RadioLab

Sat 3-4pm & Tue 9-10pm
  • Hosted by Jad Abumrad and Robert Krulwich

A sonic exploration into the frontiers of science and human behavior, with hosts Jad Abumrad and Robert Krulwich. From WNYC in New York.

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  • Tuesday, May 22, 2018 3:45pm

    This week, we're throwing it back to an old favorite: a story about obsession, creativity, and a strange symmetry between a biologist and a composer that revolves around one famously repetitive piece of music.

    Anne Adams was a brilliant biologist. But when her son Alex was in a bad car accident, she decided to stay home to help him recover. And then, rather suddenly, she decided to quit science altogether and become a full-time artist. After that, her husband Robert Adams tells us, she just painted and painted and painted. First houses and buildings, then a series of paintings involving strawberries, and then ... "Bolero."

    At some point, Anne became obsessed with Maurice Ravel's famous composition and decided to put an elaborate visual rendition of the song to canvas. She called it "Unraveling Bolero." But at the time, she had no idea that both she and Ravel would themselves unravel shortly after their experiences with this odd piece of music. Arbie Orenstein tells us what happened to Ravel after he wrote "Bolero," and neurologist Bruce Miller helps us understand how, for both Anne and Ravel, "Bolero" might have been the first symptom of a deadly disease.

     Support Radiolab today at Radiolab.org/donate.

    Read more:

    Unravelling Bolero: progressive aphasia, transmodal creativity and the right posterior neocortex

    Arbie Orenstein's Ravel: Man and Musician

  • Thursday, May 17, 2018 7:39pm

    Seven years ago chatbots - those robotic texting machines - were a mere curiosity. They were noticeably robotic and at their most malicious seemed only capable of scamming men looking for love online. Today, the chatbot landscape is wildly different. From election interference to spreading hate, chatbots have become online weapons.

    And so, we decided to reinvestigate the role these robotic bits of code play in our lives and the effects they’re having on us. We begin with a little theater. In our live show “Robert or Robot?” Jad and Robert test 100 people to see if they can spot a bot. We then take a brief detour to revisit the humanity of the Furby, and finish in a virtual house where the line between technology and humanity becomes blurrier than ever before.

    This episode was reported and produced by Simon Adler. Our live event was produced by Simon Adler and Suzie Lechtenberg.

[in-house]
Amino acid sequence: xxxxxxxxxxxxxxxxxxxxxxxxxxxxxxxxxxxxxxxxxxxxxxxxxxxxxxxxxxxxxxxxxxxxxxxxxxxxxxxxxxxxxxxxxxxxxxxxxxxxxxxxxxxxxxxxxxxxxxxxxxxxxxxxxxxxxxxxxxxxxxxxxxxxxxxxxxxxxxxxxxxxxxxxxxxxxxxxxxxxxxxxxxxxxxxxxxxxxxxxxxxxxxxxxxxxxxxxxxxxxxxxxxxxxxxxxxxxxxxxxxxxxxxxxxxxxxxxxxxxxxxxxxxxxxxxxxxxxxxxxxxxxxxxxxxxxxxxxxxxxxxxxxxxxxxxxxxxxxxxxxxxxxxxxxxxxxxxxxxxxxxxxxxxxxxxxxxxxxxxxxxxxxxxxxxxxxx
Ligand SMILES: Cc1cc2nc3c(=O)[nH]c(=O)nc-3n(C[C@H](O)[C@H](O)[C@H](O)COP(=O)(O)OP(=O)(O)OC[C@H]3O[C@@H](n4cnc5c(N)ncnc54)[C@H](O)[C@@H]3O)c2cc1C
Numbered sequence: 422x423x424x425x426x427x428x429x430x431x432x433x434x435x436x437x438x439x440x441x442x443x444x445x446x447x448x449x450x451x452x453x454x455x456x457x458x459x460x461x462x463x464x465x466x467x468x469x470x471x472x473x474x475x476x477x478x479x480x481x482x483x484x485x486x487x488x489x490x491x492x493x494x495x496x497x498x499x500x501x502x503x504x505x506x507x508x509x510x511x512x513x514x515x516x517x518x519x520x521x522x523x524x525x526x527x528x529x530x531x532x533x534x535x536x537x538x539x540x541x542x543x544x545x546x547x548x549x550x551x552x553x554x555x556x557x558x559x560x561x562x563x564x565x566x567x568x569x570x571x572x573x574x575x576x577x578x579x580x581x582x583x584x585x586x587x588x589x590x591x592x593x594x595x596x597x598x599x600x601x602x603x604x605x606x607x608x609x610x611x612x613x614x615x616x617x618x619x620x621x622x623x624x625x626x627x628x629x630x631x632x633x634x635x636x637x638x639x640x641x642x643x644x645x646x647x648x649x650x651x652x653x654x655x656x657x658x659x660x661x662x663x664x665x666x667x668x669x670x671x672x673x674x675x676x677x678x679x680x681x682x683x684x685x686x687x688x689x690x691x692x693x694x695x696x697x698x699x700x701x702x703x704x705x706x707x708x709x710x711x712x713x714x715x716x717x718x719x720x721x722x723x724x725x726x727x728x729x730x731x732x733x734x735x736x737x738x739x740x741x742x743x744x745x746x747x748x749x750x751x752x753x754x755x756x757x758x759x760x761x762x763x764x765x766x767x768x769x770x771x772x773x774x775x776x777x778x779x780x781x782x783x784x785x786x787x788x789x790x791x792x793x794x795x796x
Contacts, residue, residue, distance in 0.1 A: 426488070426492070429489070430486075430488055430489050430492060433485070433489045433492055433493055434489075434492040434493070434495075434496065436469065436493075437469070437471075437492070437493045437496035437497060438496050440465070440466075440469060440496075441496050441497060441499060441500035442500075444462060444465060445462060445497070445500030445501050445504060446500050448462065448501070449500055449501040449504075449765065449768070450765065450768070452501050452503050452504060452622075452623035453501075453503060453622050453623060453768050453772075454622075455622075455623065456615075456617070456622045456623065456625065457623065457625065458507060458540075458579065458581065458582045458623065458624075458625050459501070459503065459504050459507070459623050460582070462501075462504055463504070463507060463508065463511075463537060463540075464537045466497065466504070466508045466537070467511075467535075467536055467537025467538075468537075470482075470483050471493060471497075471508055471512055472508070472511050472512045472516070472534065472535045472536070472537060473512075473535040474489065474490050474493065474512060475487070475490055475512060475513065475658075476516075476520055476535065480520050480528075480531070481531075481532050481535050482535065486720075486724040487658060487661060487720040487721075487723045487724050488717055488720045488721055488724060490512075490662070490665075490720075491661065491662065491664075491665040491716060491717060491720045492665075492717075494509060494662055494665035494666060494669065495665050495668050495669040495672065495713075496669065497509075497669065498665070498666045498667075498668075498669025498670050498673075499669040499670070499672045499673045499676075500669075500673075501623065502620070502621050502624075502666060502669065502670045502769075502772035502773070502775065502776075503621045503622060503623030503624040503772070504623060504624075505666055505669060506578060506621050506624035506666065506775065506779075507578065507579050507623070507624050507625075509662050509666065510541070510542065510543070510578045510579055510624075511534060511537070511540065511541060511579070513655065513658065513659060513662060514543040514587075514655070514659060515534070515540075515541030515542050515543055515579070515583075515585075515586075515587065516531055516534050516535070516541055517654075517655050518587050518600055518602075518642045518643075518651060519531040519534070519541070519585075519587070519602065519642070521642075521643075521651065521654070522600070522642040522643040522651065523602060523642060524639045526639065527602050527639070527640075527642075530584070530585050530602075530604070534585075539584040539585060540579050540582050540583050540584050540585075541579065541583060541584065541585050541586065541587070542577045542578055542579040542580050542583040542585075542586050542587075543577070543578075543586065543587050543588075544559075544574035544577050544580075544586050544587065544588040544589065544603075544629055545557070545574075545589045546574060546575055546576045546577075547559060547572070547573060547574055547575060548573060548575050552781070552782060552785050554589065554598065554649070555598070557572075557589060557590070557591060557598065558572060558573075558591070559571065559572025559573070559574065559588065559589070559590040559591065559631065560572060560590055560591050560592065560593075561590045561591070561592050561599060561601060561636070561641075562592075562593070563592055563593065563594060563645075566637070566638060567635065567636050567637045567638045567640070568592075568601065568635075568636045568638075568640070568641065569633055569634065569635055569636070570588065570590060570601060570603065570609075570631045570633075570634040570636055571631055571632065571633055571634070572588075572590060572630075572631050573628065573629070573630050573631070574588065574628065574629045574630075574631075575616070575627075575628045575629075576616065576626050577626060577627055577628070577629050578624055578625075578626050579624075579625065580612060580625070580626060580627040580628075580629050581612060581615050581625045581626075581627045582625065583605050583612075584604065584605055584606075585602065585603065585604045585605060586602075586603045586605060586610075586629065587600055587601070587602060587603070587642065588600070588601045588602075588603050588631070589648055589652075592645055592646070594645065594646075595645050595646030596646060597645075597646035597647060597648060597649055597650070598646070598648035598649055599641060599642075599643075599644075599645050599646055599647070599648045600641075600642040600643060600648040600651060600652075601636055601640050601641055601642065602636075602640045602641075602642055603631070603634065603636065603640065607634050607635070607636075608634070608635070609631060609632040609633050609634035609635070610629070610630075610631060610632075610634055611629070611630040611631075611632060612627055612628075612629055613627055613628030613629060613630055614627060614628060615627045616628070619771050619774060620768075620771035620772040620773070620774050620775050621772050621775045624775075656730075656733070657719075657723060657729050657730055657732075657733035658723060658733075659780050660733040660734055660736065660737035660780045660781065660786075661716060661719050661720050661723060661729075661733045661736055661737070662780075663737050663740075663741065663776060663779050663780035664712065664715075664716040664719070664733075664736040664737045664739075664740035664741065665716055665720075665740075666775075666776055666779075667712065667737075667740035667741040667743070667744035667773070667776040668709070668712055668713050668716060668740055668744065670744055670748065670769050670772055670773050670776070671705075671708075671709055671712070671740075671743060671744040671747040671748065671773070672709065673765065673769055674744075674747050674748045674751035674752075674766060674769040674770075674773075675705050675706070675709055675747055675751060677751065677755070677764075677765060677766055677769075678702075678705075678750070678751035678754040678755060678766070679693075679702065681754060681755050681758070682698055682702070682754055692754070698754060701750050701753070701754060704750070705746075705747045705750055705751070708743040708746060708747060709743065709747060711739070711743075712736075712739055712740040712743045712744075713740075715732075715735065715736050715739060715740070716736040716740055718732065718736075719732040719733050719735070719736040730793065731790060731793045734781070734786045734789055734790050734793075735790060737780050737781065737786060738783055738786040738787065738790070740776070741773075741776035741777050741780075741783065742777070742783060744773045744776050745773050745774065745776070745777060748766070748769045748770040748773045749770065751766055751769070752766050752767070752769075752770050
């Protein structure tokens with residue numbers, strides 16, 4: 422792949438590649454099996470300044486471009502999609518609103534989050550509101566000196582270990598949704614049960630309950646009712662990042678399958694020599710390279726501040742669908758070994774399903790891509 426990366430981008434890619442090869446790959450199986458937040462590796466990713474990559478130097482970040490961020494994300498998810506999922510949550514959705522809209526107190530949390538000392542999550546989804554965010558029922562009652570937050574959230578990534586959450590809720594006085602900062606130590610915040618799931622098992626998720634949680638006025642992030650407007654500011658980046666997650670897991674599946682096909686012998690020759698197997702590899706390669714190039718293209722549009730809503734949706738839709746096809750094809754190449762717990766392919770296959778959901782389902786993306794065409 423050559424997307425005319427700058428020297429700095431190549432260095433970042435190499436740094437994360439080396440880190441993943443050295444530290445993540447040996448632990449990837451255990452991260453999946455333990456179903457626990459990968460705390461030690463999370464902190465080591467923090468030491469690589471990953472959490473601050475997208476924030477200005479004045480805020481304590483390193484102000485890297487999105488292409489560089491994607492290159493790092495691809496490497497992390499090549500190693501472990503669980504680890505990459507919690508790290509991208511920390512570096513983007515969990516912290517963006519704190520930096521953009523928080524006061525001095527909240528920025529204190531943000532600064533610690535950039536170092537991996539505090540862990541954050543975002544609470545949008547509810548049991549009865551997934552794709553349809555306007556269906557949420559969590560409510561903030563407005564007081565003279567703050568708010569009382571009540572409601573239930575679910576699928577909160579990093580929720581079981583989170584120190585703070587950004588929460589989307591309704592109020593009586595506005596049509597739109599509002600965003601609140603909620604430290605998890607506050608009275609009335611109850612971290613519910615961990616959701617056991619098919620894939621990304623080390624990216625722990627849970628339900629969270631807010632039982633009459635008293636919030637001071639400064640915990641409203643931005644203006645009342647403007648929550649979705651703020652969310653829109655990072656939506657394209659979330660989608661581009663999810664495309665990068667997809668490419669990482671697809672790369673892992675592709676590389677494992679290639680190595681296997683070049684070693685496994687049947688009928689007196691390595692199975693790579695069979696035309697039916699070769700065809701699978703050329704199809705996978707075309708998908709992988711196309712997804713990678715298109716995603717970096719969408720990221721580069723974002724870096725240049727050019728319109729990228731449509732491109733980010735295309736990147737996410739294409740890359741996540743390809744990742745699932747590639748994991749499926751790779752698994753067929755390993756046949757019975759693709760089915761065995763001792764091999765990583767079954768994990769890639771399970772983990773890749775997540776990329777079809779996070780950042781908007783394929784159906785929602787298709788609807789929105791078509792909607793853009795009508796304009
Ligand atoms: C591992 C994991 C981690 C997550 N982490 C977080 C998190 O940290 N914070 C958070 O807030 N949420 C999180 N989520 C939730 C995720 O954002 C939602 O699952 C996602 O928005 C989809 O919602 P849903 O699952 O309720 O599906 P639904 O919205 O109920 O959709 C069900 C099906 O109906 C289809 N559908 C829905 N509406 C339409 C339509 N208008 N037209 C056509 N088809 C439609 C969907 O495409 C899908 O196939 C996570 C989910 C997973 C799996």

Support Radiolab today at Radiolab.org/donate.

  • Thursday, April 26, 2018 3:00pm

    Astronauts at the International Space Station can make one request to talk to an earthling of their choice. For some reason, Astronaut Mark Vande Hei chose us. A couple weeks ago, we were able to video chat with Mark and peer over his shoulder through the Cupola, an observatory room in the ISS. Traveling at 17,000 miles an hour, we zoomed from the Rockies to the East Coast in minutes. And from where Mark sits, the total darkness of space isn’t very far away. 

    Talking to Mark brought us back to 2012, when we spoke to another astronaut, Dave Wolf. When we were putting together our live show In the Dark, Jad and Robert called up Dave Wolf to ask him if he had any stories about darkness. And boy, did he. Dave told us two stories that  became the finale of our show.

    Back in late 1997, Dave Wolf was on his first spacewalk, to perform work on the Mir (the photo to the right was taken during that mission, courtesy of NASA.). Dave wasn't alone -- with him was veteran Russian cosmonaut Anatoly Solovyev. (That's a picture of Dave giving Anatoly a hug on board the Mir, also courtesy of NASA).

    Out in blackness of space, the contrast between light and dark is almost unimaginably extreme -- every 45 minutes, you plunge between absolute darkness on the night-side of Earth, and blazing light as the sun screams into view. Dave and Anatoly were tethered to the spacecraft, traveling 5 miles per second. That's 16 times faster than we travel on Earth's surface as it rotates -- so as they orbited, they experienced 16 nights and 16 days for every Earth day.

    Dave's description of his first spacewalk was all we could've asked for, and more. But what happened next ... well, it's just one of those stories that you always hope an astronaut will tell. Dave and Anatoly were ready to call it a job and head back into the Mir when something went wrong with the airlock. They couldn't get it to re-pressurize. In other words, they were locked out. After hours of trying to fix the airlock, they were running out of the resources that kept them alive in their space suits and facing a grisly death. So, they unhooked their tethers, and tried one last desperate move.

    In the end, they made it through, and Dave went on to perform dozens more spacewalks in the years to come, but he never again experienced anything like those harrowing minutes trying to improvise his way back into the Mir.

    After that terrifying tale, Dave told us about another moment he and Anatoly shared, floating high above Earth, staring out into the universe ... a moment so beautiful, and peaceful, we decided to use the audience recreate it, as best we could, for the final act of our live show.

    Pilobolus creates a shadow astronaut during Dave Wolf's story on stage (photo by Lars Topelmann):

    The audience turns Portland's Keller auditorium into a view of outer space with thousands of LED lights (photo by Lars Topelmann):